# symbolization

## Tutorial 11: Sketch of the second part of the course, and symbolizing propositions using predicate logic.

Topic
Logical System

2013

### Skills to be acquired in this tutorial:

To start learning how to symbolize propositions using predicate logic.

### The Tutorial:

There are many valid arguments which cannot be shown to be valid using propositional logic alone. For example,

Beryl is a philosopher.
All philosophers are wise.
Therefore
Beryl is wise.

## Predicate Logic: 15 Tutorials

Topic
Logical System

There are many valid arguments which cannot be shown to be valid using propositional logic alone. For example,

Beryl is a philosopher.
All philosophers are wise.
Therefore
Beryl is wise.

## Supplementary: The Paradoxes of Material Implication

Topic
Logical System

1/24/06

eg Lander or Suber

The problem or issue here lies with the truth table for the conditional (or material implication) ⊃

## Review

Topic
Logical System

There is the idea of setting up a code or convention or dictionary between atomic propositions and capital letters.

There are compound propositions, each of which has a main connective which connects its components.

There are five propositional logical connectives:

'∼' which translates back to 'it is not the case that...'

'∧' which translates back to '... and ...'

'∨' which translates back to '... or ...'

'⊃' which translates back to 'if... then ...'

'≡' which translates back to '... if and only if ...'

Topic
Logical System

## Tutorial 2: Symbolizing compound propositions

Topic
Logical System

9/1/12

### Skills to be acquired in this tutorial:

Symbolizing compound propositions. Learning about logical connectives, and the notion of the main connective. Recognizing different constructions in English which have the same underlying logical form. Paraphrasing the English into a standard form.

### Why this is useful:

It is the next step in learning how to symbolize. Main connectives are very important-- they are central to symbolization, they are central to the semantics, and they are central to derivations.

## Symbolizing Compound Propositions I

Topic
Logical System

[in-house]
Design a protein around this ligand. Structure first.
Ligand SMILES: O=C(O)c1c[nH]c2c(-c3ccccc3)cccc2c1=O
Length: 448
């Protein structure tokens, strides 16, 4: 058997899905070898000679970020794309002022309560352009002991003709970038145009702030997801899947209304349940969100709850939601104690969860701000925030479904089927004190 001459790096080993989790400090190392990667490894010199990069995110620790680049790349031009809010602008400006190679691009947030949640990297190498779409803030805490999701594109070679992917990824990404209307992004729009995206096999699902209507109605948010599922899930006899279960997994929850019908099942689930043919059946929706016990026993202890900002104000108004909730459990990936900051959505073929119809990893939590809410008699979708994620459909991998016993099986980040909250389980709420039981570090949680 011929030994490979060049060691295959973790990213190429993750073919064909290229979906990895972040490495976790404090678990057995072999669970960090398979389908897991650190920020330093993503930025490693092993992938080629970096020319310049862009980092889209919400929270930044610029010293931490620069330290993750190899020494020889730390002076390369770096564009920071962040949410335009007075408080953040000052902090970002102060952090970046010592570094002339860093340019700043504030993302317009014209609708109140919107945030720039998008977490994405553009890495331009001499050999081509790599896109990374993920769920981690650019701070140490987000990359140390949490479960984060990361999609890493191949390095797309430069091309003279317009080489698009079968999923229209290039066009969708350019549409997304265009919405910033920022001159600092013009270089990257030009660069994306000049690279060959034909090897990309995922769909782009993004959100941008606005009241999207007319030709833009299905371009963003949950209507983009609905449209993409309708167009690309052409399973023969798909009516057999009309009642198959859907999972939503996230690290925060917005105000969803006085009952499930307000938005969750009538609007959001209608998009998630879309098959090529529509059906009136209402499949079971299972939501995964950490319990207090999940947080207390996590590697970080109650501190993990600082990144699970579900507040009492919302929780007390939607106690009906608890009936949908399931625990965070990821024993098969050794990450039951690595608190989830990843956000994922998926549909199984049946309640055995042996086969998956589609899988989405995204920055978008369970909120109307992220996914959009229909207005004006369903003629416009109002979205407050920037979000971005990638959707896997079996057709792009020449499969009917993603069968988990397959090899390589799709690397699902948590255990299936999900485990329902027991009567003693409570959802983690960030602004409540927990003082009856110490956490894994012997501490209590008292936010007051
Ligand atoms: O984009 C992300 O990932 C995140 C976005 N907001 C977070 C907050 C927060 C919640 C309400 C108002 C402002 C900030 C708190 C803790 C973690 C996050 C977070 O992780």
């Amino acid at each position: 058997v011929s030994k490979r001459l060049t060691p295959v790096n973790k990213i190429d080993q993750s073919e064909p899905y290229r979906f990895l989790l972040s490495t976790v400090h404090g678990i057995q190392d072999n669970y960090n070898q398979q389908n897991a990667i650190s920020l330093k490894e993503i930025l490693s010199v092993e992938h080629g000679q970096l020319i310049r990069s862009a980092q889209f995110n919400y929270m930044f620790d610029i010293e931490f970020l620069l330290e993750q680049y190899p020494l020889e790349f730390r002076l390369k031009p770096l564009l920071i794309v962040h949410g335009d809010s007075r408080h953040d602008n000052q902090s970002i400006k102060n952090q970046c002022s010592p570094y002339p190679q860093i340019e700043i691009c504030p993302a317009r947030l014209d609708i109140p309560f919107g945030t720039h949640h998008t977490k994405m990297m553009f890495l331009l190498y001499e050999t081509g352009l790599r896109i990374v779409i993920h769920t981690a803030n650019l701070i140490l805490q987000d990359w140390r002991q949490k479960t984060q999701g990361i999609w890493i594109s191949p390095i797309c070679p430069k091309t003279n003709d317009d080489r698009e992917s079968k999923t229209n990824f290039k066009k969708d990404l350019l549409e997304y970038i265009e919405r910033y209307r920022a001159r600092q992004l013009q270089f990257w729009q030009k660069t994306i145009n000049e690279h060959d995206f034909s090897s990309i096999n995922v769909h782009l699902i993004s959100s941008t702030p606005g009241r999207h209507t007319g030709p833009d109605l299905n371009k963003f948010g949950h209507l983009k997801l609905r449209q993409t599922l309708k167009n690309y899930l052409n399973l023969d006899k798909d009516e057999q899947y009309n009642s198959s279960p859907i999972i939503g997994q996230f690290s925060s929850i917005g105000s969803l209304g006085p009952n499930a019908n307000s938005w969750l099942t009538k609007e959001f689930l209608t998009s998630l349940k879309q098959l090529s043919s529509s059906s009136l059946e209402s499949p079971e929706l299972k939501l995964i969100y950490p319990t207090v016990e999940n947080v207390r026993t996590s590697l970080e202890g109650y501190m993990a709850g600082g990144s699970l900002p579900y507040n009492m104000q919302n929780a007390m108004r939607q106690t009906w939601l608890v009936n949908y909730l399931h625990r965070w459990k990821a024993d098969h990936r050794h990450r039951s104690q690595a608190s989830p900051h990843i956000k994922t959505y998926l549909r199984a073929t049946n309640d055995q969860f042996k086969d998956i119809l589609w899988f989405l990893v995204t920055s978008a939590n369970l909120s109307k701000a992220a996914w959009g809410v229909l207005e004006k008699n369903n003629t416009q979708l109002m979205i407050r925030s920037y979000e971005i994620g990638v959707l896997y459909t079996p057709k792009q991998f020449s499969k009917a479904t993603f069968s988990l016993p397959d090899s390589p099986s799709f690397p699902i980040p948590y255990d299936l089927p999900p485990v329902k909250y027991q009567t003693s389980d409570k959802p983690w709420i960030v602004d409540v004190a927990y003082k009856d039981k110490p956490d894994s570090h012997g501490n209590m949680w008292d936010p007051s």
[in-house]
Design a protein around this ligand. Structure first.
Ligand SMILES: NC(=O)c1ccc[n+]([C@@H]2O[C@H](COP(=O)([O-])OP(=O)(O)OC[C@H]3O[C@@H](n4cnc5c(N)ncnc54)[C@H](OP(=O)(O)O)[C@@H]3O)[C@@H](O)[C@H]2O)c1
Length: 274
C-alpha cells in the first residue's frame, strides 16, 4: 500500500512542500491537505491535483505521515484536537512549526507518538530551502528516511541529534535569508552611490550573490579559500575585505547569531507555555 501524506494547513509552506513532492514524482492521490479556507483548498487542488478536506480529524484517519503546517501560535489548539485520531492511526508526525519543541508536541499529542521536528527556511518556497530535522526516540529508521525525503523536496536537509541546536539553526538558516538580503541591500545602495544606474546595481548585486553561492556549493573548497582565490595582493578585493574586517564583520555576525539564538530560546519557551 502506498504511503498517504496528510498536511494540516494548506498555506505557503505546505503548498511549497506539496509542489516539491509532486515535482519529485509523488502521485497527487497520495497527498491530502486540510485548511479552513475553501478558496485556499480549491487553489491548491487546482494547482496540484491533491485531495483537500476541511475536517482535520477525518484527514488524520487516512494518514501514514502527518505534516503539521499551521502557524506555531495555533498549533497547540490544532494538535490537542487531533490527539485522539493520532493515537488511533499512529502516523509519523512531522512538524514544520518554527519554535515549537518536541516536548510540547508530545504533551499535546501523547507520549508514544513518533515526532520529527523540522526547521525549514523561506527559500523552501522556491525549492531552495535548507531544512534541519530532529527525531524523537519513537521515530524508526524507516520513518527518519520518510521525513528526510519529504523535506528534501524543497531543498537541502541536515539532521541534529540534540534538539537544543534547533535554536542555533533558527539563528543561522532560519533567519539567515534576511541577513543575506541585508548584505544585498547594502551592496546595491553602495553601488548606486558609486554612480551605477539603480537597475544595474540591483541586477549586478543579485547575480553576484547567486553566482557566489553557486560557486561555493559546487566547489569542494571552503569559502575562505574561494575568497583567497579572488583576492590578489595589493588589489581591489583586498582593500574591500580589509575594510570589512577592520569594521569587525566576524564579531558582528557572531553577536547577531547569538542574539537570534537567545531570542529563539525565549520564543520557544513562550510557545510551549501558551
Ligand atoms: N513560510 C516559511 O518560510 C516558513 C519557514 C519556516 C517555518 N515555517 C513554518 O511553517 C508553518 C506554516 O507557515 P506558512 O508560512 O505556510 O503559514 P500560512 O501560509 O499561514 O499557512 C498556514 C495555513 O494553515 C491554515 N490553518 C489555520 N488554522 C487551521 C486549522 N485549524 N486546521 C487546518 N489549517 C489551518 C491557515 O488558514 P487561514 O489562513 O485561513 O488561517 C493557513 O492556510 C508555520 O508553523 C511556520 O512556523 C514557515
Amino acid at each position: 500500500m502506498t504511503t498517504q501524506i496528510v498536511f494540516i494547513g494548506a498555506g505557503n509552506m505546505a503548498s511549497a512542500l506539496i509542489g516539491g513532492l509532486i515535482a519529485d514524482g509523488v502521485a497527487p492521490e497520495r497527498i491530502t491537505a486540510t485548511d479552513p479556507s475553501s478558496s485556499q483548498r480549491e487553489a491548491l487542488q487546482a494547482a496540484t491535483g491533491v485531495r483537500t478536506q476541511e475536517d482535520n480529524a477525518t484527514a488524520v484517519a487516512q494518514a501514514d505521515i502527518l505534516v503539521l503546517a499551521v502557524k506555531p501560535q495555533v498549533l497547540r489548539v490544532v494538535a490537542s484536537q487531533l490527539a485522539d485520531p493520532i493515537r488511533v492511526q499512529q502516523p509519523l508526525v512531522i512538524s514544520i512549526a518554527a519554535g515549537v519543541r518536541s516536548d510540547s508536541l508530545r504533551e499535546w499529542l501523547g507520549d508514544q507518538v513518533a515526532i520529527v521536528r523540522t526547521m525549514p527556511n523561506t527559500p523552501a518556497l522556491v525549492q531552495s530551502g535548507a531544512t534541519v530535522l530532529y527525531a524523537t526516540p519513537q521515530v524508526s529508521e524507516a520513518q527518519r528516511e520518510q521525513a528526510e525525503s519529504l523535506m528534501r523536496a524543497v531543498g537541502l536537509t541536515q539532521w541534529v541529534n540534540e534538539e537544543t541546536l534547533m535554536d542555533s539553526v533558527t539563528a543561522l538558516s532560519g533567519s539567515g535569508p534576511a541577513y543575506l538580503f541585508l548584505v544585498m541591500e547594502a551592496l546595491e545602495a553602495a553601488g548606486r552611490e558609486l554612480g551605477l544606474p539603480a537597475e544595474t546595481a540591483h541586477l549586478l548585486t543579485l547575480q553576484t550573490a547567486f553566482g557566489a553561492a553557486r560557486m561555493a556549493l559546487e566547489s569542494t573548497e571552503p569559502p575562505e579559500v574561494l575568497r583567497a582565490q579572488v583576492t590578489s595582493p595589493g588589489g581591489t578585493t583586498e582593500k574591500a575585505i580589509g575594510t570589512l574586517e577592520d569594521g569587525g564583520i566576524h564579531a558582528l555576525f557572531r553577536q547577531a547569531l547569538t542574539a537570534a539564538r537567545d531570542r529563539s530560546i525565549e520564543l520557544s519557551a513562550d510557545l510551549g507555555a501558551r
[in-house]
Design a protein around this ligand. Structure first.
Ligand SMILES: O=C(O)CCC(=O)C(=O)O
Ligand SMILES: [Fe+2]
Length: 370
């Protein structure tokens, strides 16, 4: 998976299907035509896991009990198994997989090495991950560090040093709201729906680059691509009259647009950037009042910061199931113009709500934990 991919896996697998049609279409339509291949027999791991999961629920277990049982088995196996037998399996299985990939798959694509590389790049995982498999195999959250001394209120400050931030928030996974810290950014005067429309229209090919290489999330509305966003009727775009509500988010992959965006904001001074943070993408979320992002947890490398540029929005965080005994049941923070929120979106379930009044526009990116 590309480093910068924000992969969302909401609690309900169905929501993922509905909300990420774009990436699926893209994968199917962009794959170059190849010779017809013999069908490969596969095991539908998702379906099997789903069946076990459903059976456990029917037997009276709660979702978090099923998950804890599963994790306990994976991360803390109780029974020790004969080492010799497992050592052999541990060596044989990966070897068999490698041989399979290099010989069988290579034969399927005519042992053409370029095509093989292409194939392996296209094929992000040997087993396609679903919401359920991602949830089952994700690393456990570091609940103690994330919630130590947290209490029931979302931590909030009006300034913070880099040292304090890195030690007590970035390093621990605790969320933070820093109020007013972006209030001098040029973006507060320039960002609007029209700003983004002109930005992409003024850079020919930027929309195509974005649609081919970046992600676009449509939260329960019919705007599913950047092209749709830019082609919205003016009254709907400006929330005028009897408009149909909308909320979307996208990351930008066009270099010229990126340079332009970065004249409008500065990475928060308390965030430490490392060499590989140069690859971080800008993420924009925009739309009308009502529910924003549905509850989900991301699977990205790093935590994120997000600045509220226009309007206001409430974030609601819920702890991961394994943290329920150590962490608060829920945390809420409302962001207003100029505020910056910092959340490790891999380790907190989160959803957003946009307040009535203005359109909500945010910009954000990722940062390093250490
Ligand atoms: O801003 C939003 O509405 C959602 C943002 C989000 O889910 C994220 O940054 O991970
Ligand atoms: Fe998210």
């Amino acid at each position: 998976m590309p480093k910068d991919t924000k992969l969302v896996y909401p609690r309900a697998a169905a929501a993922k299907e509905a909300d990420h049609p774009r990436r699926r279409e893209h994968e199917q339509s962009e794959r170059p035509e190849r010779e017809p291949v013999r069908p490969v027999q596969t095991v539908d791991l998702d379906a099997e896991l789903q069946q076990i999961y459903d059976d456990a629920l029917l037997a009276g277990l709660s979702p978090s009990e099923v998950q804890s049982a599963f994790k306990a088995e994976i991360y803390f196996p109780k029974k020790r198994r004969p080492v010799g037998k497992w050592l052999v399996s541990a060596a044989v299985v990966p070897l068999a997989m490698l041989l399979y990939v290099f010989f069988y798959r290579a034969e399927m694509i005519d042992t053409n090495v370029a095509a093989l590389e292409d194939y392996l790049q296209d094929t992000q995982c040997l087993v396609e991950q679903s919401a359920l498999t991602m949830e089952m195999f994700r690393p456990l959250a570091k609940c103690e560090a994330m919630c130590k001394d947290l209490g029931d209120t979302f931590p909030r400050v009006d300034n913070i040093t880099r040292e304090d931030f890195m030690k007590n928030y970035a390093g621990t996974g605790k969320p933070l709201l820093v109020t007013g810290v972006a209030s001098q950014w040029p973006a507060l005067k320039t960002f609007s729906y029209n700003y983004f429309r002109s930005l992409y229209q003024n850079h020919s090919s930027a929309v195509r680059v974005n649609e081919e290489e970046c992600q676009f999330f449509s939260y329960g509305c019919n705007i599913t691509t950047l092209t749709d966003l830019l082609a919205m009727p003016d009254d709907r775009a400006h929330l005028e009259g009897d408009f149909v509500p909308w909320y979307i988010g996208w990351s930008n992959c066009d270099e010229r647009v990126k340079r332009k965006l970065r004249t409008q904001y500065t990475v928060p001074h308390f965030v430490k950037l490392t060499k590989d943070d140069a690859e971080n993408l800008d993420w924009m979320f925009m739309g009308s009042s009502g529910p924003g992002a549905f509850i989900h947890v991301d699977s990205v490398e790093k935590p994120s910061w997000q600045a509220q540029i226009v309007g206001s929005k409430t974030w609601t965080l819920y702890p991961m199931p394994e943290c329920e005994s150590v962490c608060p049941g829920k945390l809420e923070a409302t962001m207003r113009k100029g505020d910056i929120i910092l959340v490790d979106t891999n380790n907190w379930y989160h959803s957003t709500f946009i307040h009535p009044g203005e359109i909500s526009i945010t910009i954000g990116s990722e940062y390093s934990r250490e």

8/25/12

Not all propositions are atomic propositions. Consider the proposition asserted by 'It is not the case that in 2011 the United States had a female President'. This is a true proposition, yet it is not an atomic one. It is made up of the atomic proposition 'in 2012 the United States had a female President' (which is false) and negation (expressed by 'It is not the case that...'), and the resulting compound proposition, which is the negation of a false proposition, is true.

There are several types of compound proposition.

## Symbolization Review

Topic
Logical System

8/26/12

[The core of this is from Hugues Leblanc and William A. Wisdom [1972] Deductive Logic p.111 and f.]

## Symbolize Relations

Topic
Logical System

8/26/2012

Thus far we have considered only 'monadic' predicates-- our atomic formulas consist of a predicate followed by only one term-- for example, Fx. But in English we regularly encounter dyadic predicates or relations. For example, 'Arthur is taller than Bert' cannot be symbolized with the tools we have used so far; what is needed is a relation to represent '...is taller than ...' Txy, say, and then the proposition would be symbolized Tab.

## Symbolization Using the Quantifiers

Topic
Logical System

#### 8/26/2012

In Predicate Logic there are two new logical connectives, the Universal Quantifier (∀x) and the Existential Quantifier (∃x). These are used for symbolizing certain English constructions (they also have their own rules of inference and their own semantics, which we will learn about later).